Nicola Randall, Mathematics Teaching and Learning Adviser at Herts for Learning
Before I even start to tackle this question, I think it is helpful to clarify what we mean by ‘fad’ and the best way I could think of doing this was to consider some examples.
- Leg warmers worn anywhere other than inside a dance studio: fad
- No make-up selfies: fad
- Replacing actual laughing with the word “LOL”: fad
- Dressing as clowns and scaring people: fad
The one element that all of these examples have in common is that over time, the hype dies down, they become boring due to their over-use and eventually most unfashionable – until enough time has passed that one can then consider it retro and therefore fashionable once more. Hopefully this won’t be the case with the clowns. Although I am always open to bringing back the leg warmers!
So let’s now consider some examples linked to education and pedagogy. Remember the days when classrooms were covered in VAK displays and Brain Gym could be seen happening in every classroom across the country? I would also consider these to be fads, as they are no longer seen as best practice due to new research. However, the principles underpinning them remain alive and well in classrooms – it is just labelled as something else. Do we still consider varying our style of presentation to motivate and engage all learners? Yes. Do we aim to keep the young minds in our class active by encouraging physical movement alongside learning? Yes. So the principles of Brain Gym and VAK live on.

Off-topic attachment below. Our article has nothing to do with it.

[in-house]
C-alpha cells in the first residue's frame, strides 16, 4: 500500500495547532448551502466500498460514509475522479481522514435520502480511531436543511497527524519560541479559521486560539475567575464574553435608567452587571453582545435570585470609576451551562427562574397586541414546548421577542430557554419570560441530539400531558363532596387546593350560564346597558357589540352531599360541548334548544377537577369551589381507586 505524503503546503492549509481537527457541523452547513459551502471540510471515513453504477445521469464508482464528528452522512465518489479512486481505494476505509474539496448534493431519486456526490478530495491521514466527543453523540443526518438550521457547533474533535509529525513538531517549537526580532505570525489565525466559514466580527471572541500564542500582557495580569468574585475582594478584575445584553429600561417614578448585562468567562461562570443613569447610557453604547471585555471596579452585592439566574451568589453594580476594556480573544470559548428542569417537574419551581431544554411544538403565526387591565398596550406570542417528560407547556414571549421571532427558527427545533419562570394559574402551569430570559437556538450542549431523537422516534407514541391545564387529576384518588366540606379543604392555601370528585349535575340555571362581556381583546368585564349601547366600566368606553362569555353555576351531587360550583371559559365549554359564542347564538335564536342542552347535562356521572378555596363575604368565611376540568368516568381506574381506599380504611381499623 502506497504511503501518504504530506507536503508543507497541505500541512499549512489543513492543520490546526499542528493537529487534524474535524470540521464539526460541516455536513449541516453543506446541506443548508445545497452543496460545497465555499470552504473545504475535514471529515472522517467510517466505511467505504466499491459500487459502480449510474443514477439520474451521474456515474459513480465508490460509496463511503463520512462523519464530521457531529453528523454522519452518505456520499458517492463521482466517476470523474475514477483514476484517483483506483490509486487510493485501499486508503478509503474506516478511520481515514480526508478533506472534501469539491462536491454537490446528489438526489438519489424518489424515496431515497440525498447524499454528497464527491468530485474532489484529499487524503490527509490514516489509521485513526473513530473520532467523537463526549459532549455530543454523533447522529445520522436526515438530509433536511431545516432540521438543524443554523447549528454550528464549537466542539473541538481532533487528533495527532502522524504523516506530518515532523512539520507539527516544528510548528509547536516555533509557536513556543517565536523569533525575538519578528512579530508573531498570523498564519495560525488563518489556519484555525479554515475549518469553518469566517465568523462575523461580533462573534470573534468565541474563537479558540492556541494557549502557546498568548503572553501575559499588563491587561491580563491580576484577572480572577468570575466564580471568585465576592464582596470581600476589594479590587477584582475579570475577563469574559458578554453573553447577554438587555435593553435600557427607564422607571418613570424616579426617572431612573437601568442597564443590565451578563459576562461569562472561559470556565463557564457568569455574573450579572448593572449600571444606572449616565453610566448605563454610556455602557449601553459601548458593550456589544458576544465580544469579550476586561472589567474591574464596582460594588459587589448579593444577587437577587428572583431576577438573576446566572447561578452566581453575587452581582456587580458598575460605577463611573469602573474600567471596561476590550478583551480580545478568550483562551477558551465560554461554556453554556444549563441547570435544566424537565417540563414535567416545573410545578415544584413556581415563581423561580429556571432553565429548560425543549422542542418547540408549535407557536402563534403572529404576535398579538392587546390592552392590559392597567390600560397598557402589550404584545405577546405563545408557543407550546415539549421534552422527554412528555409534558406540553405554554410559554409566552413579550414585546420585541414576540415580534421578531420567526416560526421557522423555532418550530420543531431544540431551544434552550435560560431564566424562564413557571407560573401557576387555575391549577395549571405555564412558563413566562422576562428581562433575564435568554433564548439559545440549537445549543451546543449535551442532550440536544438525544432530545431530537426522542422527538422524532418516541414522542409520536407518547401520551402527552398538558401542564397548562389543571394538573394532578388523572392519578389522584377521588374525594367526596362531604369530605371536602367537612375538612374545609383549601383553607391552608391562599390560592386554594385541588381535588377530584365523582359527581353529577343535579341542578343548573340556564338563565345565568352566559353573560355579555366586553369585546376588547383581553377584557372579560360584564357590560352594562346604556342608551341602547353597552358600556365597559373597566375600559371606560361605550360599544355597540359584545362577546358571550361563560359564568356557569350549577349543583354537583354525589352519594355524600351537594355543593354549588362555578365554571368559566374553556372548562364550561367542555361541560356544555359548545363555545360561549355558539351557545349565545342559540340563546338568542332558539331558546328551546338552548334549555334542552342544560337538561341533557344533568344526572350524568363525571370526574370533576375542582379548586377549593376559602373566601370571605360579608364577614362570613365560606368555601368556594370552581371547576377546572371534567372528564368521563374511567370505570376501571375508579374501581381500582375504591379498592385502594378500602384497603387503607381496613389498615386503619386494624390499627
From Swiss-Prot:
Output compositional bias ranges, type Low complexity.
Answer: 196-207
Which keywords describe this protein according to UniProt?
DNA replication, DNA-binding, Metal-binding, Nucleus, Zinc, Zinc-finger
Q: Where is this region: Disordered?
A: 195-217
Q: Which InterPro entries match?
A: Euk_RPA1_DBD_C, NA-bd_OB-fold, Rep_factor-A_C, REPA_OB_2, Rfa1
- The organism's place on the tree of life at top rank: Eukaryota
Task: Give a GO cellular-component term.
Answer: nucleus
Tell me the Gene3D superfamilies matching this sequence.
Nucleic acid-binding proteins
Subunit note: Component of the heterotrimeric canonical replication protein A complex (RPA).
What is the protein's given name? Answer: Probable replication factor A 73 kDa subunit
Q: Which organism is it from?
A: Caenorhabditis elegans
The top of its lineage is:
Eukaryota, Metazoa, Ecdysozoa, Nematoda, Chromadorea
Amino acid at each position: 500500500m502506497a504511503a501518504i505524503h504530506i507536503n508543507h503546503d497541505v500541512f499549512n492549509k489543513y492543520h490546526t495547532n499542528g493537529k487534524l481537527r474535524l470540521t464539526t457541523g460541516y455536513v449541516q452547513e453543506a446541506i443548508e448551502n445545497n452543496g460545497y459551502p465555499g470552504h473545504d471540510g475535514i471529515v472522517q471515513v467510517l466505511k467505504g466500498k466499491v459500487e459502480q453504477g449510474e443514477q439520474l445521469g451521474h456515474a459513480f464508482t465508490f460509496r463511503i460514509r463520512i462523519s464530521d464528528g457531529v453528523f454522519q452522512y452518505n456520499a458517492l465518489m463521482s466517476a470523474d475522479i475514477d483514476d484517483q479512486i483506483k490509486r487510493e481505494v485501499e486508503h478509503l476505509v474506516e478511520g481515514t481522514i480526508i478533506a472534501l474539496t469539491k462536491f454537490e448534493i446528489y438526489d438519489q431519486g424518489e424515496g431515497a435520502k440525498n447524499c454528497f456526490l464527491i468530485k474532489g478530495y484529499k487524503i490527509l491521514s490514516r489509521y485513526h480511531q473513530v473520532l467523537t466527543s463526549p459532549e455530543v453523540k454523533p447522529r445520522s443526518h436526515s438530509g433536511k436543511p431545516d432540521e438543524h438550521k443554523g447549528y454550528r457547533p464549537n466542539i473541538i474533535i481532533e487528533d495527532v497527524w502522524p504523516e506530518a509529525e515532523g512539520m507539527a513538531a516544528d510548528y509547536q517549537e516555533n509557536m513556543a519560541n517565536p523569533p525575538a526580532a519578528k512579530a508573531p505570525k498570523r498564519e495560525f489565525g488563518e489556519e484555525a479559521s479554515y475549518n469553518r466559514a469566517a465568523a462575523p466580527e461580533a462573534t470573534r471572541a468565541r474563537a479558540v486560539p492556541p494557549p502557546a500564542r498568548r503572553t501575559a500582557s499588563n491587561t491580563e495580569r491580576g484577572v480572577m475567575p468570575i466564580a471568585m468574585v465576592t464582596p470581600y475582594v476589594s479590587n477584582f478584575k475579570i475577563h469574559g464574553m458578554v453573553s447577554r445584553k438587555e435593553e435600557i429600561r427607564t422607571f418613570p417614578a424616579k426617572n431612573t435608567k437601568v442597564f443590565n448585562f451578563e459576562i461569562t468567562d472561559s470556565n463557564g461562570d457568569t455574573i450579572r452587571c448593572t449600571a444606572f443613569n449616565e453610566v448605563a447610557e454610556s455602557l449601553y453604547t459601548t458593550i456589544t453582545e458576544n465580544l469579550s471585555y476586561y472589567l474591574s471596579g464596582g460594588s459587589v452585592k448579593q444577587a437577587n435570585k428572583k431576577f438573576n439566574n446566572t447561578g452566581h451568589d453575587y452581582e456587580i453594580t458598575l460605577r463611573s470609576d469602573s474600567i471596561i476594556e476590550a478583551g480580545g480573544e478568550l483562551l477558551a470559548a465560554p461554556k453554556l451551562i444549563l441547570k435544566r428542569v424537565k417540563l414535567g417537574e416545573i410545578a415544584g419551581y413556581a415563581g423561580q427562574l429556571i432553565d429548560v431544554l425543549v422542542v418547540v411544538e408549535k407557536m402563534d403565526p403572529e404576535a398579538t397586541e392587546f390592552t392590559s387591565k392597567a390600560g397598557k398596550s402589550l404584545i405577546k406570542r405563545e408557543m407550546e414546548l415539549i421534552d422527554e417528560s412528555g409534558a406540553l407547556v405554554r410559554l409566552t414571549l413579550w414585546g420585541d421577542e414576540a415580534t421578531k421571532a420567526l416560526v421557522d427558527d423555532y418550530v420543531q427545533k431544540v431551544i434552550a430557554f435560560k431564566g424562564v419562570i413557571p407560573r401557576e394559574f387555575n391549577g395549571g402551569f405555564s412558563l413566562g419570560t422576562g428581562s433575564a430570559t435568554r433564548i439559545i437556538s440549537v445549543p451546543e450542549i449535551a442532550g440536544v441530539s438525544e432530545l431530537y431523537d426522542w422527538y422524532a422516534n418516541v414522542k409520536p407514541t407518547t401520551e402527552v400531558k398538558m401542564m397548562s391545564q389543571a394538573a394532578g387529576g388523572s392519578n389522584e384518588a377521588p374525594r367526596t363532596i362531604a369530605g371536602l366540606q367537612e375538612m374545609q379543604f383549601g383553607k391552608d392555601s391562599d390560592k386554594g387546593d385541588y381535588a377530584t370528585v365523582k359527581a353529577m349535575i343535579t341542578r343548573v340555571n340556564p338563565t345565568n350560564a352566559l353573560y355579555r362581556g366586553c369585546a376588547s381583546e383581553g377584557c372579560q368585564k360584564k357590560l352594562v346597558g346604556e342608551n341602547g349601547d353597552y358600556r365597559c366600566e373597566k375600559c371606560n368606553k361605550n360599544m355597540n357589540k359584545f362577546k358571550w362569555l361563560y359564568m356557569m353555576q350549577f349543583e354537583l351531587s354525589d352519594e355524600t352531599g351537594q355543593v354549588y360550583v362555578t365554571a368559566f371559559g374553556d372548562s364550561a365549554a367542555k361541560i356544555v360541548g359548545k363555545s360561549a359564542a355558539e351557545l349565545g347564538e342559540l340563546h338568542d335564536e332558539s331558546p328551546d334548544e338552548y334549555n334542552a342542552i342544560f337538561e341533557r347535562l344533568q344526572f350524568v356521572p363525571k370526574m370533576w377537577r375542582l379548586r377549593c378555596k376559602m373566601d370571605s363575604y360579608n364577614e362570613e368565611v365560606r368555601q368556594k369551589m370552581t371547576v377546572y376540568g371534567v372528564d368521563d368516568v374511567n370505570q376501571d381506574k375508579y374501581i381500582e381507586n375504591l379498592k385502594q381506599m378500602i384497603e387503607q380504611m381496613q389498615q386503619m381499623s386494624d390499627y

Let’s turn our attention to the question in hand: Is mastery just a passing fad? Mastery is and always has been a pedagogical approach to the teaching and learning of maths. As Mark McCourt mentions in his rather emotive blog post ‘#masteryfail: common misconceptions about maths mastery’, mastery is a pedagogy dating way back to Aristotle and underpins all good teaching. It is not a programme with set procedures and resources, despite what some publishers would like to make you think. There are some curriculums which lend themselves more readily to a mastery approach, but the truth is, even a spiral curriculum can follow the principles of mastery, if carefully thought through.
Often I hear schools referring to the NCETM mastery assessment ‘broadening and deepening’ questions as ‘mastery’. They are not. They are, however, helpful for teachers to consider how a rich problem can be used for formative assessment opportunities. There is no such thing as a ‘mastery question’. It is how these problems are used that will determine whether it fits within a mastery approach or not. All good maths lessons have an element of mastery in them. It just depends on the skills of the individual teacher as to how this impacts positively on learning.
To help make my point clear, in the following two examples, I aim to unpick some pedagogical practises that are not in keeping with mastery and explore why this is, focusing on the underlying principles rather than what we see on the surface.
1.Ability grouping and setting
What are the underlying principles? In this example, it all comes down to having high expectations of all pupils. As discussed in Rachel Rayner’s recent blog article ‘Why dodecahedrons hate CPA’ labelling children as the ‘circles group’ can cap learning and alter attitudes relating to what these pupils are capable of. So it is not the setting in itself that is the non-mastery element. It is, in fact, the low expectations that occur once pupils are given these labels.